A picture may tell a thousand word, but actual words are also handy when doing research. My first port of call was the Righteous website, which I discovered to my dismay was entirely in Swedish. The closest I’ve ever come to speaking Swedish is buying a lamp from IKEA. Hmmm. My colleague referred me to Babelfish (the website that translate entire websites — which is brilliant), but they didn’t seem to offer Swedish. Stumped again.
But as it turned out, being faced with a website in an alien language had an upside. After much contemplation, I think I learnt my first two Swedish words: I’m (almost) certain Hösten means Fall and Våren means Spring.
Let’s face it, sometimes it takes a little financial incentive to get people to do the right thing. When you currently bring a reusable bag to the supermarket you are either: given a 5 cent discount (there’s no rhyme or reason as to when or if this occurs); or entered into weekly draw for free groceries (but let’s be honest: since this is only at Traders Joe’s, where most shoppers are socially conscious, you’re chances of winning are slim).
But what happens when one is charged for the privilege of using a disposable bag? We’re about to find out.
In a bold move in keeping with this progressive city, the mayor of Seattle, Greg Nickels, “has proposed implementing a 20 cent ‘green fee’ on disposable shopping bags at Seattle grocery and convenience stores”, making Seattle the first city in country to do so. If the city council approves, the new measure would go into effect January 1, 2009. Just in time for all those New Year resolutions? #1: say no to paper and plastic.
Want to know Posh Spice’s secret? Which one, you ask? Snagging England’s hottest footballer; remaining pin thin after birthing three boys (edamame, apparently); or landing the Juergen Teller-photographed Marc Jacobs campaign for 2008? While answers to these questions may remain as elusive as Posh Spice’s smile, we now at least know what she uses on her dial (that’s face, for you Yanks).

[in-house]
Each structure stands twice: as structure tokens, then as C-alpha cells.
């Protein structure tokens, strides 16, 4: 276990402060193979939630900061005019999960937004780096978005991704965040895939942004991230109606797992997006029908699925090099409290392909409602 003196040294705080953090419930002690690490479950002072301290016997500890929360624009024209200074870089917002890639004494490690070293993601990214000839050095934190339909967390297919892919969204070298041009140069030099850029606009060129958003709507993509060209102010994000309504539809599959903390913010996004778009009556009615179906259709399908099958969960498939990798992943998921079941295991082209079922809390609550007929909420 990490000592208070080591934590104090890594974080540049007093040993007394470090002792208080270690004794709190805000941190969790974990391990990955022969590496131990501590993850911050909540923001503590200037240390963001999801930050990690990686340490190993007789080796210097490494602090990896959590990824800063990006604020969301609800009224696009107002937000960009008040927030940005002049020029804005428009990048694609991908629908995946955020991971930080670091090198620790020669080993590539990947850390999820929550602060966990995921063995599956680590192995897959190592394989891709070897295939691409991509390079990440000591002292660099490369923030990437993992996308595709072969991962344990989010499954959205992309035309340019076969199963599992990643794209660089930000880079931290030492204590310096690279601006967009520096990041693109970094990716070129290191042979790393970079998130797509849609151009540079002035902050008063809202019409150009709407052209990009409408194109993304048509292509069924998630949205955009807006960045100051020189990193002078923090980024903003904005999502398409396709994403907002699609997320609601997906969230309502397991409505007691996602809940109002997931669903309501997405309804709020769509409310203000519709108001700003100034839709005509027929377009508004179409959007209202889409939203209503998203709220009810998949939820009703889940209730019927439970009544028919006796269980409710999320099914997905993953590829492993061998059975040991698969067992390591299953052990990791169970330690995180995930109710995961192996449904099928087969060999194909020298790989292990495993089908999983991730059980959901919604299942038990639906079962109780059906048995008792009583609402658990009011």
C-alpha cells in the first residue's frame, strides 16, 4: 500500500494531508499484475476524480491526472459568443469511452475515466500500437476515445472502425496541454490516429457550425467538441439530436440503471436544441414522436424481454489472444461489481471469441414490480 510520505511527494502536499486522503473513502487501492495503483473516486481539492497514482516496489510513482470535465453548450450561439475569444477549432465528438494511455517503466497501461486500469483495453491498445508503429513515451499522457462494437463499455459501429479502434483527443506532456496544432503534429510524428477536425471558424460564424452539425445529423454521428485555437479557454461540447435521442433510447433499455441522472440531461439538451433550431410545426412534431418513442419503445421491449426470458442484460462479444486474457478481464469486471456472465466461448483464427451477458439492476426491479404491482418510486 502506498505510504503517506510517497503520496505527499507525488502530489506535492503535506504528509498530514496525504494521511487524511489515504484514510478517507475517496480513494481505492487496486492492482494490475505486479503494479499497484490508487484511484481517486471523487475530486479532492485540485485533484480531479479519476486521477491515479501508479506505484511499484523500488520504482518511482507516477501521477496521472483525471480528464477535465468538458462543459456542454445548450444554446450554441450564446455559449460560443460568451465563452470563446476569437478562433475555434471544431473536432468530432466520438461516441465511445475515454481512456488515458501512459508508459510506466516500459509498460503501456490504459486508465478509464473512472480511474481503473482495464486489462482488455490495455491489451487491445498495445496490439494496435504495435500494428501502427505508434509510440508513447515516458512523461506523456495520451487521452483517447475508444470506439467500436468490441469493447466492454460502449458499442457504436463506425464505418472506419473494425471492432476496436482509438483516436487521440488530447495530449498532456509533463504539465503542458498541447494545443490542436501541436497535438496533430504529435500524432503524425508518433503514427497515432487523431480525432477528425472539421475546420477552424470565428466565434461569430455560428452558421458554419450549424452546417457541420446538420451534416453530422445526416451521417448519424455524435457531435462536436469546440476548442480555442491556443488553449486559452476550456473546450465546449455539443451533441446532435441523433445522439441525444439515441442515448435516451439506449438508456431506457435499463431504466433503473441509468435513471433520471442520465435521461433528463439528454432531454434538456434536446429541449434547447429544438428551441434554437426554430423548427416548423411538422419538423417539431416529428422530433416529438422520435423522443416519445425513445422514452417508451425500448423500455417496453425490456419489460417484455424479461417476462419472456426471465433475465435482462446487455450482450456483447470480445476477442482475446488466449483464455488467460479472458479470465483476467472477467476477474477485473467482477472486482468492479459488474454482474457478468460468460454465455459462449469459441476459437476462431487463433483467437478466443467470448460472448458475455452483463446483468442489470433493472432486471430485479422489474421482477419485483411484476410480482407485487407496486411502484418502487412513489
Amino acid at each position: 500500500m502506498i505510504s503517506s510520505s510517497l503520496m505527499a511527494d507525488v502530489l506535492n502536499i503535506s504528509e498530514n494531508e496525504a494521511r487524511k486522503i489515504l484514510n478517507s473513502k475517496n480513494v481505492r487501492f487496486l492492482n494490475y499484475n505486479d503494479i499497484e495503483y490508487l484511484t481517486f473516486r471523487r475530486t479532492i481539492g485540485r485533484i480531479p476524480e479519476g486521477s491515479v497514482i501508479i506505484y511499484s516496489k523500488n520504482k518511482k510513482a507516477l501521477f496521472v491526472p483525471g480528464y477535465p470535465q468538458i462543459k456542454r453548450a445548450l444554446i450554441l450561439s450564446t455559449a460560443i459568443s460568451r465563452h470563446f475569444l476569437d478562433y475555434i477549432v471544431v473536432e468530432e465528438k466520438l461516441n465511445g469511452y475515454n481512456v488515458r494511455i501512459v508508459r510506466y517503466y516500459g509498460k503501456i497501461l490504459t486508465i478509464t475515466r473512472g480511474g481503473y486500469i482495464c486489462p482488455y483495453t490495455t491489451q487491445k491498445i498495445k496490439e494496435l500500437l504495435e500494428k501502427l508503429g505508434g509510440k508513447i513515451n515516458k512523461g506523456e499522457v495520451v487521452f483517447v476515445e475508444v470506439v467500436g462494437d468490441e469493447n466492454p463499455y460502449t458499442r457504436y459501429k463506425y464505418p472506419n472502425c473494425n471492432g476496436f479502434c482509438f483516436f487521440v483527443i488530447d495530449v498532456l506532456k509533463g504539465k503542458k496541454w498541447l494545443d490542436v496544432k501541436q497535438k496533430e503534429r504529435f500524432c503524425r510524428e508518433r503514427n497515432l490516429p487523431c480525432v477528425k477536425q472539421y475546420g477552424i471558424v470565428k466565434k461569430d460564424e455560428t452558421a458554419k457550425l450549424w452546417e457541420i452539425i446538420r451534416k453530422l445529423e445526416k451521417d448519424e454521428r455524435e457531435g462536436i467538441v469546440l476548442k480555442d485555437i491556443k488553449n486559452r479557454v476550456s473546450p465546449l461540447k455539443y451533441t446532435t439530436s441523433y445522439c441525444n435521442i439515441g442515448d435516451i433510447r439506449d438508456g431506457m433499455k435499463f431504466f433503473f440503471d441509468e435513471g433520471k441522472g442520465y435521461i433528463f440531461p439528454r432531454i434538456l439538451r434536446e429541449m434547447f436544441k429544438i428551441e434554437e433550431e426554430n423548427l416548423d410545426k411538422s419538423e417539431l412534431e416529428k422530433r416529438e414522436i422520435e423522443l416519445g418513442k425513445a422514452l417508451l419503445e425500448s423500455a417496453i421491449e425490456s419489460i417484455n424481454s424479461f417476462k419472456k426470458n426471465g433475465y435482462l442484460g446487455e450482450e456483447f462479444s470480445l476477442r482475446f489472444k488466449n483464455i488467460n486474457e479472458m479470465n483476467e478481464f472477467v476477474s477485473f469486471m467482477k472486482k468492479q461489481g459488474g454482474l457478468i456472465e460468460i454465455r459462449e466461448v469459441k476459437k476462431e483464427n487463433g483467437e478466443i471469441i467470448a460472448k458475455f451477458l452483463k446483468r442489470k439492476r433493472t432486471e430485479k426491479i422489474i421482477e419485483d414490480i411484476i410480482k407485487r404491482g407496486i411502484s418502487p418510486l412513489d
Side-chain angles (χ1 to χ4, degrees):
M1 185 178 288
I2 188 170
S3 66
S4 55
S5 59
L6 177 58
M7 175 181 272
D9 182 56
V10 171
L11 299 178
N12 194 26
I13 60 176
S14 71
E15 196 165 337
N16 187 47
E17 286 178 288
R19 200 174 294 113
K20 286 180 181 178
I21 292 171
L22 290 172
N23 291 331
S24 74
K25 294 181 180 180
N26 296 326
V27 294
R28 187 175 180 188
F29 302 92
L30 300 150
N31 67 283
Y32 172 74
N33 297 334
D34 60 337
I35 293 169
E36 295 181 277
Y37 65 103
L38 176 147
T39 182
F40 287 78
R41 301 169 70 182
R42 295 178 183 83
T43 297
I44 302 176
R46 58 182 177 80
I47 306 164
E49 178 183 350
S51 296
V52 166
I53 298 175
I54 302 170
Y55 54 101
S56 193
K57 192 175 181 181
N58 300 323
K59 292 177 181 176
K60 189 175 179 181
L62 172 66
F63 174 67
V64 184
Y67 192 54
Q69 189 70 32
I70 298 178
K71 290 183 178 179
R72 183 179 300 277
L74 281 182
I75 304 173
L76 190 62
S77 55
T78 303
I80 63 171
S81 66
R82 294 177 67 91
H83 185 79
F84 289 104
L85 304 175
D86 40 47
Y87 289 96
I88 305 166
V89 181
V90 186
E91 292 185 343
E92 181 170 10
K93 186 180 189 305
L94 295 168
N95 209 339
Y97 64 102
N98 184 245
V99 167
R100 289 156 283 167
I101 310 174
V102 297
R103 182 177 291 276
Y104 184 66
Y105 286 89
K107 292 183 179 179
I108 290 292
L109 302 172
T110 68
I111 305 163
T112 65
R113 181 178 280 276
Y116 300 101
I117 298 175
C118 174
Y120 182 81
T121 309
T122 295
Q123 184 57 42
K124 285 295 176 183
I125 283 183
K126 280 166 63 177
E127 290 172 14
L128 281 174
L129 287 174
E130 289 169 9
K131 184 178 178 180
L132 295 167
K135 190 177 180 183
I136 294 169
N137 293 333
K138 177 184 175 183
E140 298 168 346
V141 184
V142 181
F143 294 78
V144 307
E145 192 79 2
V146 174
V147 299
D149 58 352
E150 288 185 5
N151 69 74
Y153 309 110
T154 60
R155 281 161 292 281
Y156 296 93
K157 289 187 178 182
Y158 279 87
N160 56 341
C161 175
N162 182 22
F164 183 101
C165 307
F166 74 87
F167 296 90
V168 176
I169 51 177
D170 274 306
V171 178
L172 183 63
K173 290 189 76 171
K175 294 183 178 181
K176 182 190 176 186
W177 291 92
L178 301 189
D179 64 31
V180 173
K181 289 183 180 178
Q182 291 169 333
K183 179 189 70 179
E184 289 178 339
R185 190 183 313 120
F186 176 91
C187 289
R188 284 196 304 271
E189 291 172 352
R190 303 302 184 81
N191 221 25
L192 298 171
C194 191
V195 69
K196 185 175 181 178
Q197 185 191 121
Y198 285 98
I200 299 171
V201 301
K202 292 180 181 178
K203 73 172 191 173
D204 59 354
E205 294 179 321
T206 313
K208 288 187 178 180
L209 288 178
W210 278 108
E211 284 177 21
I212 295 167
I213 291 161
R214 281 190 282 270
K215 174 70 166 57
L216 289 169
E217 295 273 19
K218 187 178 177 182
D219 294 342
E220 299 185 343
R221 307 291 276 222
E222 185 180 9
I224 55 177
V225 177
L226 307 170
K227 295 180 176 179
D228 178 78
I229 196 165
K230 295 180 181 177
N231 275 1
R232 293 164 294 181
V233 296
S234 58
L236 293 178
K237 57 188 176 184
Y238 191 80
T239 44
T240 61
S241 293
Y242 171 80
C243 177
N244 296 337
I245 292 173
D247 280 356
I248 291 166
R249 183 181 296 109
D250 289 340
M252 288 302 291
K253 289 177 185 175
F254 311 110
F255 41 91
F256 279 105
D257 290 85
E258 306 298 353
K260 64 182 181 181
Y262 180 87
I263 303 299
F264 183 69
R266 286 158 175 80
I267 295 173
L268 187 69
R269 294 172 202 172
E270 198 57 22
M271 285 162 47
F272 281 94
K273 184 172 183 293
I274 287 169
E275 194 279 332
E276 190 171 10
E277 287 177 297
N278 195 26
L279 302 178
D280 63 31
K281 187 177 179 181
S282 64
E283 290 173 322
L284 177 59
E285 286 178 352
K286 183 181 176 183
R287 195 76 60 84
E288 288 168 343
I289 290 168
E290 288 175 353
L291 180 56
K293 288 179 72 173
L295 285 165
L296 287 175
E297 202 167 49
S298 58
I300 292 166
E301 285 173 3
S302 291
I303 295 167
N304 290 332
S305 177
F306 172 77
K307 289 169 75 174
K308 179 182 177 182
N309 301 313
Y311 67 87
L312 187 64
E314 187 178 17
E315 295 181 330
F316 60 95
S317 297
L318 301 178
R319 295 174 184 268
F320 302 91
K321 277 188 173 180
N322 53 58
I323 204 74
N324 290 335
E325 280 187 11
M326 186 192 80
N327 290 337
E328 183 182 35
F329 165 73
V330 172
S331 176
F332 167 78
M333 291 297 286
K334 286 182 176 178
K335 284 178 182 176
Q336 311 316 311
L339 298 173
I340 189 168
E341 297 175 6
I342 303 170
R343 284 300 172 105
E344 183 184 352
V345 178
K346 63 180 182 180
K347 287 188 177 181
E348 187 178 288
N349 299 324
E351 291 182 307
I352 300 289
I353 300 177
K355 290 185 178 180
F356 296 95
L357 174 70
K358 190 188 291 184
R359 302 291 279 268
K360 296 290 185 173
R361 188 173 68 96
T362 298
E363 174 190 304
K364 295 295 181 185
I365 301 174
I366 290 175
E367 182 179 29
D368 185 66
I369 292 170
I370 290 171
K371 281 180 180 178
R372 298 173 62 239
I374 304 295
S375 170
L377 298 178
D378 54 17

What more important in China right now than business? Ensuring that the Olympics go as smoothly as possible. Already under fire from the international community about Tibet and Darfur, China doesn’t want any more adverse publicity to affect the games in the form of pesky pollution. In an effort to fulfill their promise of good air quality in the capital of Beijing, the government is about to embark on some pretty drastic measures.
A two-month plan of combating pollution beginning July 20 will hopefully yield clear skies by the August 8 Olympic start date. According to Du Xiaozhong, deputy director of the city’s environmental protection bureau, 19 heavily polluting plants would be shut down, construction sites involved in excavation or cement work will stop working and one-half of the city’s three million cars will be removed from the roads. Adding up to a serious halt in production.
From poachers to rangers, a tale of 30 men who help seven species of rare waterbirds enjoy a population comeback of epic proportions. Sounds like the synopsis of a Hollywood blockbuster, but it’s actually real life.
A new report by the Wildlife Conservation Society (WCS) reveals that the population of several rare waterbirds from Cambodia’s Tonlé Sap region have rebounded due to a novel project which employs former hunters and egg collectors as park rangers to provide Continue Reading / Additional Photos / Videos
Americans are made of corn and living in a state of denial about sustainability. These are the sentiments of I.D. contributing editor Barbara Flanagan. In the article titled “Too Yellow To Be Green”, she writes: “Corn and denial. We don’t want to know the ingredients of our food, or anything else — like our houses, cars, furniture, or clothing”. What’s more, according to a survey by Insight Express, 72 percent of us don’t know what plastic is made from (petrol, in case you were wondering).
Calling America “a nation that loves freedom from information”, Flanagan continues: “The comfort, speed and sheer bigness of American life depends on a tacit pact between leaders and voters and between manufacturers and consumers. We, the voters/consumers, promise not to get too curious, if you, the leaders/suppliers, just keep the good stuff coming fast and cheap.”